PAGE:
Inception of a family office
Is a family office right for you? Asking the right questions will help you and your advisers explore your options.
In the wealth management marketplace, the buzzword of the day is “family office,” especially now that celebrities such as Oprah Winfrey are setting up their own family offices. Once a relatively unknown concept, accessible only to the über-affluent such as the Rockefeller and Phipps families, the family office has increasingly become more mainstream—yet it continues to be an enigma.
As is true of “family business,” there is no one consistent definition of “family office.” Many families may not even realize that the folks who professionally manage their wealth, finance, accounting and concierge services would be considered a family office.
The Family Office Exchange (FOX), a professional organization providing research, education, networking and advice to family offices and the families they serve, defines a family office as “a unique family business that is created to provide tailored wealth management solutions in an integrated fashion while promoting and preserving the identity and values of the family.”
Similarly, a multi-family office is a family office that assists multiple families with a variety of issues related to their wealth management needs. The multi-family office is a more recent phenomenon, primarily in the U.S. Most multi-family offices are started when a single family begins to allow additional families to become members of their office.
Family offices are designed to prepare family members to collectively manage their wealth over multiple generations. They help manage tax, fiduciary and compliance needs; assist in investment management, risk management, estate planning and trust administration; provide support for philanthropic activities; conduct financial education programs for family members; and support family governance and wealth transfer.
Three paths to a family office
According to Barbara Hauser, a leading family adviser who consults to large international family enterprises (Journal of Wealth Management, 4:15-22, September 2001), families generally take one of three paths to a family office. In the first scenario, the family office emerges as an outgrowth of the family’s operating business. Initially, the family’s financial affairs are managed internally by employees of the business, but as the family’s assets grow and its financial, tax, estate planning and investment requirements become more complex, the wealth creator decides to hire dedicated, full-time staff to assist with these matters separately from the operating business. Further, with the growing complexity of the family’s personal financial affairs, there is an increasing interest in privacy and a need to separate family members’ personal financial affairs from the operating business.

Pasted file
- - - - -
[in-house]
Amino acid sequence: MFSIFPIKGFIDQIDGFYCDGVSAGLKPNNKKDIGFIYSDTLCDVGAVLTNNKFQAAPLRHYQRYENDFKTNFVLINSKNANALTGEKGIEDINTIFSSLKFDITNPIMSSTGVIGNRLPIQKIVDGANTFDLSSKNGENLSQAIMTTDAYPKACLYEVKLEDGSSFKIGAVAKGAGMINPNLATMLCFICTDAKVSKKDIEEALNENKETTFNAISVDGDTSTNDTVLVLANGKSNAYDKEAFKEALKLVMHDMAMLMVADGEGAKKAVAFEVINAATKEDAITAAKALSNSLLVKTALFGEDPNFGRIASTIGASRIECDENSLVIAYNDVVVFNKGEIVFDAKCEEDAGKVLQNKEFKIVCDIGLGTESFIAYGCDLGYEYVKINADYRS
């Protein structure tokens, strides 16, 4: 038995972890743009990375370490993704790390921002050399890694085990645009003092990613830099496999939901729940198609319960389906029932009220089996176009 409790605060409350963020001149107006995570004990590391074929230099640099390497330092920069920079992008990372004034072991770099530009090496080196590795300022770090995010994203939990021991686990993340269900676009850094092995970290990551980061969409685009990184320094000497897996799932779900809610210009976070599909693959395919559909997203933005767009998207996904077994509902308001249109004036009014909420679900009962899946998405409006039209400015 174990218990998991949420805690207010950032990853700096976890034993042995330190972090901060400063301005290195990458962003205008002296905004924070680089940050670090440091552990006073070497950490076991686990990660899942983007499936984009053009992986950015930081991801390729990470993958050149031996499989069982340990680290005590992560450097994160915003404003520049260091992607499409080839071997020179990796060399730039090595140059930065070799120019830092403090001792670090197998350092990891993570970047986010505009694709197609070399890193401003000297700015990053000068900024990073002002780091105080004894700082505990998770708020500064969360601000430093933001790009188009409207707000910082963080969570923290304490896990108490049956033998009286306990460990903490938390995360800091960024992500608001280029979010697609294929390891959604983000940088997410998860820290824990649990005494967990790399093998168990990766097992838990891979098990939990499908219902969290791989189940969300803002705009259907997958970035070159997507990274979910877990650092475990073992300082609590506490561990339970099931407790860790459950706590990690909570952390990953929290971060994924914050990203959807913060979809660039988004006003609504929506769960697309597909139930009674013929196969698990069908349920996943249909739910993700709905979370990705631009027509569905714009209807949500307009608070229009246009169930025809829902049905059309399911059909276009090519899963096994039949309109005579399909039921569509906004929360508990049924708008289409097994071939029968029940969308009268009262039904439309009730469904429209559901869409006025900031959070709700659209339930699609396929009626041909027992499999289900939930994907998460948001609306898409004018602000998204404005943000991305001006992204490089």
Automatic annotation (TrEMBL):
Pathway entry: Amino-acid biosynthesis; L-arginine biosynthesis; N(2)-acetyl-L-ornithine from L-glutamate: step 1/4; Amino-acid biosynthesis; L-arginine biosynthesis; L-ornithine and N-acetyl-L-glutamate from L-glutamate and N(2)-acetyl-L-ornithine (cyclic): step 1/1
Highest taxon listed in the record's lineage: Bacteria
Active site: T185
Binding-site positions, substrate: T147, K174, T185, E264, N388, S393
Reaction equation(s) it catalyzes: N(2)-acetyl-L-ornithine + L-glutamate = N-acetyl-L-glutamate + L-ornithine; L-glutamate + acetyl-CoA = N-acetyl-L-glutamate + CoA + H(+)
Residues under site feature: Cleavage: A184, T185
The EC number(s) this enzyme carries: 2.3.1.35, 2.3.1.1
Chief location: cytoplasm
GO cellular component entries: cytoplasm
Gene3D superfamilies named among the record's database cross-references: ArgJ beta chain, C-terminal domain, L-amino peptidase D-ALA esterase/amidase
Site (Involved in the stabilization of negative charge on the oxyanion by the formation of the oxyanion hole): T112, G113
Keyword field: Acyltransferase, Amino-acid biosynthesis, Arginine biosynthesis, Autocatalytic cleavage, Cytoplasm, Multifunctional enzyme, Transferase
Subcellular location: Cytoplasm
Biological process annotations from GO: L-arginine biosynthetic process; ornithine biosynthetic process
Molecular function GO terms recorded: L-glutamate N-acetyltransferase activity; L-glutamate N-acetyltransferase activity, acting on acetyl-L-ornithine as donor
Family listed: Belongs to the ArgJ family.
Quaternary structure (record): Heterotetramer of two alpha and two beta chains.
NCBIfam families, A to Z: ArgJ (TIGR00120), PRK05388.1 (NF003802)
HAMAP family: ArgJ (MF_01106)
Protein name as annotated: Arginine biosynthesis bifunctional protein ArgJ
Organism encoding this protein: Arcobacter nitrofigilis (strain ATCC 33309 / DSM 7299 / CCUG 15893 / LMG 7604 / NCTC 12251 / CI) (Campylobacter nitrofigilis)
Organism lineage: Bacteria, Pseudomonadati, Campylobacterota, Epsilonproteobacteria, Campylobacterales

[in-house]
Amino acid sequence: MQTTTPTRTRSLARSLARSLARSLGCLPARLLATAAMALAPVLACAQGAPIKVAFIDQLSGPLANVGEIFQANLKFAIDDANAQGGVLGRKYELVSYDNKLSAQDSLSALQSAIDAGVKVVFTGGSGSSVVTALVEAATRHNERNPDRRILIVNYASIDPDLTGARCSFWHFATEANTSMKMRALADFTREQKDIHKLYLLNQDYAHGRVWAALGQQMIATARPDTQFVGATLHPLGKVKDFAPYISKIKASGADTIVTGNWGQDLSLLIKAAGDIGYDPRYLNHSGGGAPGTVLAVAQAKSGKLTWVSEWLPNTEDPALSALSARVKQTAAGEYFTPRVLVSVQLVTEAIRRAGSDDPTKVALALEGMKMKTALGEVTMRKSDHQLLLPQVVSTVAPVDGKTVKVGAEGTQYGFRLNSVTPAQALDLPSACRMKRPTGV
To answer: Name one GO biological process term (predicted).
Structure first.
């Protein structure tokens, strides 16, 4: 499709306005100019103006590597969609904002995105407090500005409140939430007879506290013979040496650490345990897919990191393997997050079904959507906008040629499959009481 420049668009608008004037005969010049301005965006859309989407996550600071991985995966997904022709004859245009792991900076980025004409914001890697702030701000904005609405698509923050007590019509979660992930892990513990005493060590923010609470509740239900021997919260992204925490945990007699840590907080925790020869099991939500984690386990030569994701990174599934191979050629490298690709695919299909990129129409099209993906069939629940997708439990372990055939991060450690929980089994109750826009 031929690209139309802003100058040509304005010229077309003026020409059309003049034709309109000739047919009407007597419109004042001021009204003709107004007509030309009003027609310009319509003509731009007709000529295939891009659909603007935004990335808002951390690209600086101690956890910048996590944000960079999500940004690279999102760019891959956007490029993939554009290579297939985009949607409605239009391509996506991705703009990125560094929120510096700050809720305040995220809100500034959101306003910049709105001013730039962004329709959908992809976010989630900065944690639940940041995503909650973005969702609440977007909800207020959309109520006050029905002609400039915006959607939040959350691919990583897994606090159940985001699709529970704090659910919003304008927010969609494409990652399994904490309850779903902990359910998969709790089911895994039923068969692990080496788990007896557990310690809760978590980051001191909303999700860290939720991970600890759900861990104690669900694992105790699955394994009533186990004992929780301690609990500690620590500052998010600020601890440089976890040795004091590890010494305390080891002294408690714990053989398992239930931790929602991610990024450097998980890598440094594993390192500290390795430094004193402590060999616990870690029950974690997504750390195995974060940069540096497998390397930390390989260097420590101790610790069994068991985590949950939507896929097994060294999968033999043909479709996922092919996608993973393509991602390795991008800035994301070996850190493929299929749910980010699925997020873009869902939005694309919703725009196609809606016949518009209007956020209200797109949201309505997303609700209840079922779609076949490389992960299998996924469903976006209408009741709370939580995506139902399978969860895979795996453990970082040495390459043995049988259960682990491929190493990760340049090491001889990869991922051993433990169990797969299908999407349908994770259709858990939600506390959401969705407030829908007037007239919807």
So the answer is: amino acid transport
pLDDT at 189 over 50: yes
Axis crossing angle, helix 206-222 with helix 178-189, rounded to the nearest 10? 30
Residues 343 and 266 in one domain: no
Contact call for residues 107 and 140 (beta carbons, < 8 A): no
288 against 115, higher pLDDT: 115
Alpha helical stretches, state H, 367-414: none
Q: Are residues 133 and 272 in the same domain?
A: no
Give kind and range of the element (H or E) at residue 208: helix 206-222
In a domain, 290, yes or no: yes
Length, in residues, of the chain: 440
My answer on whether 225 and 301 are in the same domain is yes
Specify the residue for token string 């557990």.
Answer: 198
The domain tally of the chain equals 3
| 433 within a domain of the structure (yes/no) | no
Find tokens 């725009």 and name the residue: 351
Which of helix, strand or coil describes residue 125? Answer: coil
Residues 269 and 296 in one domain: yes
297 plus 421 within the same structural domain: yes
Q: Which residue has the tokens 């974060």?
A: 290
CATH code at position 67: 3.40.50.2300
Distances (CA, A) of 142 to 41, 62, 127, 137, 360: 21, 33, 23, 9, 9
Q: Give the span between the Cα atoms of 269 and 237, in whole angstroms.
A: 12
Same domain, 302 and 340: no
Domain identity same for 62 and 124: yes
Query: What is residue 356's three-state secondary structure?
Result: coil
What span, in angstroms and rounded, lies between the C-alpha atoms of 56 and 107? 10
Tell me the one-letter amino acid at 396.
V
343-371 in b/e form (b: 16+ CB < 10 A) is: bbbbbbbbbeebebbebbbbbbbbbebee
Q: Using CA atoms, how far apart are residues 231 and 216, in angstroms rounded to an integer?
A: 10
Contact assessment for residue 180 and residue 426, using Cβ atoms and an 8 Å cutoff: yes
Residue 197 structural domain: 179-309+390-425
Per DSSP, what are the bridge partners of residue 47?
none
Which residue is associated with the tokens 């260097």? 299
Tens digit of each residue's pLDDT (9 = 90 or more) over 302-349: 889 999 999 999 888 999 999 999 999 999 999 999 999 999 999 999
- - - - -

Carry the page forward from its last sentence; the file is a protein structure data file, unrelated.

In the second scenario, a family office is created after the sale of all or a significant portion of an operating business. The research firm CapitalIQ estimates that three-quarters of all private equity transactions between $5 million and $250 million involve a family business. After the sale of a family business, typically in a cash-out deal, family members may be left in unfamiliar territory. Having made their wealth via their family business, they often distrust larger institutions to manage their wealth affairs. Instead, they turn to a financial adviser to assist them with the setup and creation of a family office structure; or they may join a multi-family office.
The third scenario is a result of “sudden wealth syndrome.” The quintessential example of sudden wealth is a lottery winner who hits a megamillion-dollar jackpot. In the business world, many young entrepreneurs generated “overnight” wealth during the mid-1990s’ dot-com boom. Sudden wealth also may occur in high-net-worth families who experience generational wealth transfers. Inheritors may not have been properly educated about their inheritance and may be surprised to learn that a trust has terminated and they are now the outright beneficiaries of significant wealth.
Regardless of how they arrived at their wealth, families should arm themselves with information as they consider starting or joining a family office. There are a number of key issues to consider.
Single family office (SFO) vs. multi-family office (MFO)